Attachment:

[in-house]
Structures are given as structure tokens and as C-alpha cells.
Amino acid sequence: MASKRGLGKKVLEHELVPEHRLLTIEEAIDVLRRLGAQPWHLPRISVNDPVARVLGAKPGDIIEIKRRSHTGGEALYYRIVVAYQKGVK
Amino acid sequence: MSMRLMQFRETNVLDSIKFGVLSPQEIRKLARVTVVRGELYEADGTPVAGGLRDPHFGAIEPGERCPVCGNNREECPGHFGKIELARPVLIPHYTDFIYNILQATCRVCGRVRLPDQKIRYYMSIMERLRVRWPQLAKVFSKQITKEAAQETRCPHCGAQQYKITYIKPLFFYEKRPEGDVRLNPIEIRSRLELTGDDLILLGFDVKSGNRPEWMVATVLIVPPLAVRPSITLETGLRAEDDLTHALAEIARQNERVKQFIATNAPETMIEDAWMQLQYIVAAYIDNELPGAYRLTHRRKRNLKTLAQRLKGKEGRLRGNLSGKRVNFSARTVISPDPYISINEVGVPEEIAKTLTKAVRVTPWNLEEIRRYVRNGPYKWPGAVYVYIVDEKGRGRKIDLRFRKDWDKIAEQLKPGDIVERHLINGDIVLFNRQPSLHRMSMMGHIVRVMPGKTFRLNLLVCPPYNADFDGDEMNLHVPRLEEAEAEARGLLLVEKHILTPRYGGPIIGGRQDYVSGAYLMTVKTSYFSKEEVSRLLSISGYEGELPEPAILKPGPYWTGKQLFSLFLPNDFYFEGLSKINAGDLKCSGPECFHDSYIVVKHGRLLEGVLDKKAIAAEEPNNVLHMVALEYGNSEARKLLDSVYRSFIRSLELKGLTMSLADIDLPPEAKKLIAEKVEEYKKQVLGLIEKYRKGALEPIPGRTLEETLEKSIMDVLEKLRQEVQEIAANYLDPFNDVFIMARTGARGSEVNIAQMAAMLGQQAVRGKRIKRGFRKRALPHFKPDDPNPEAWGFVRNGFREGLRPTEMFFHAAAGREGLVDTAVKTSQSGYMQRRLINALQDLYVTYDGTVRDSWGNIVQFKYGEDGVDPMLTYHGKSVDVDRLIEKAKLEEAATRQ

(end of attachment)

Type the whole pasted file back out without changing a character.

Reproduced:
[in-house]
Structures are given as structure tokens and as C-alpha cells.
Amino acid sequence: MASKRGLGKKVLEHELVPEHRLLTIEEAIDVLRRLGAQPWHLPRISVNDPVARVLGAKPGDIIEIKRRSHTGGEALYYRIVVAYQKGVK
Amino acid sequence: MSMRLMQFRETNVLDSIKFGVLSPQEIRKLARVTVVRGELYEADGTPVAGGLRDPHFGAIEPGERCPVCGNNREECPGHFGKIELARPVLIPHYTDFIYNILQATCRVCGRVRLPDQKIRYYMSIMERLRVRWPQLAKVFSKQITKEAAQETRCPHCGAQQYKITYIKPLFFYEKRPEGDVRLNPIEIRSRLELTGDDLILLGFDVKSGNRPEWMVATVLIVPPLAVRPSITLETGLRAEDDLTHALAEIARQNERVKQFIATNAPETMIEDAWMQLQYIVAAYIDNELPGAYRLTHRRKRNLKTLAQRLKGKEGRLRGNLSGKRVNFSARTVISPDPYISINEVGVPEEIAKTLTKAVRVTPWNLEEIRRYVRNGPYKWPGAVYVYIVDEKGRGRKIDLRFRKDWDKIAEQLKPGDIVERHLINGDIVLFNRQPSLHRMSMMGHIVRVMPGKTFRLNLLVCPPYNADFDGDEMNLHVPRLEEAEAEARGLLLVEKHILTPRYGGPIIGGRQDYVSGAYLMTVKTSYFSKEEVSRLLSISGYEGELPEPAILKPGPYWTGKQLFSLFLPNDFYFEGLSKINAGDLKCSGPECFHDSYIVVKHGRLLEGVLDKKAIAAEEPNNVLHMVALEYGNSEARKLLDSVYRSFIRSLELKGLTMSLADIDLPPEAKKLIAEKVEEYKKQVLGLIEKYRKGALEPIPGRTLEETLEKSIMDVLEKLRQEVQEIAANYLDPFNDVFIMARTGARGSEVNIAQMAAMLGQQAVRGKRIKRGFRKRALPHFKPDDPNPEAWGFVRNGFREGLRPTEMFFHAAAGREGLVDTAVKTSQSGYMQRRLINALQDLYVTYDGTVRDSWGNIVQFKYGEDGVDPMLTYHGKSVDVDRLIEKAKLEEAATRQ